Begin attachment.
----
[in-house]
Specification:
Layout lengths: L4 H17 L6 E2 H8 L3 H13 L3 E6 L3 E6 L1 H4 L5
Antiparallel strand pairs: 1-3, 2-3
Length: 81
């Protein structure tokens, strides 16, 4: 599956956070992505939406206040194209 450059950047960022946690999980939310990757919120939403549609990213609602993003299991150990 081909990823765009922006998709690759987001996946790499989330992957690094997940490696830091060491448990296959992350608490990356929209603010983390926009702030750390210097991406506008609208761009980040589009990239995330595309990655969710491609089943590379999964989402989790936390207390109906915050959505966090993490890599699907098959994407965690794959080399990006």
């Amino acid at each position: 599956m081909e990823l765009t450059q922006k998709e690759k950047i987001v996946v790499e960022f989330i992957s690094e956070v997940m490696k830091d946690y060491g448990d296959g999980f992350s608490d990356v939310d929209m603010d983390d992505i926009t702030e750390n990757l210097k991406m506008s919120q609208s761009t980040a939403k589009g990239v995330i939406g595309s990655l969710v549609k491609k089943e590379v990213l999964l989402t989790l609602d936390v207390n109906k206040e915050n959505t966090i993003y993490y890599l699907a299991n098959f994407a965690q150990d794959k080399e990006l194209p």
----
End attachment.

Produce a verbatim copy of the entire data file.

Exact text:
[in-house]
Specification:
Layout lengths: L4 H17 L6 E2 H8 L3 H13 L3 E6 L3 E6 L1 H4 L5
Antiparallel strand pairs: 1-3, 2-3
Length: 81
């Protein structure tokens, strides 16, 4: 599956956070992505939406206040194209 450059950047960022946690999980939310990757919120939403549609990213609602993003299991150990 081909990823765009922006998709690759987001996946790499989330992957690094997940490696830091060491448990296959992350608490990356929209603010983390926009702030750390210097991406506008609208761009980040589009990239995330595309990655969710491609089943590379999964989402989790936390207390109906915050959505966090993490890599699907098959994407965690794959080399990006």
């Amino acid at each position: 599956m081909e990823l765009t450059q922006k998709e690759k950047i987001v996946v790499e960022f989330i992957s690094e956070v997940m490696k830091d946690y060491g448990d296959g999980f992350s608490d990356v939310d929209m603010d983390d992505i926009t702030e750390n990757l210097k991406m506008s919120q609208s761009t980040a939403k589009g990239v995330i939406g595309s990655l969710v549609k491609k089943e590379v990213l999964l989402t989790l609602d936390v207390n109906k206040e915050n959505t966090i993003y993490y890599l699907a299991n098959f994407a965690q150990d794959k080399e990006l194209p």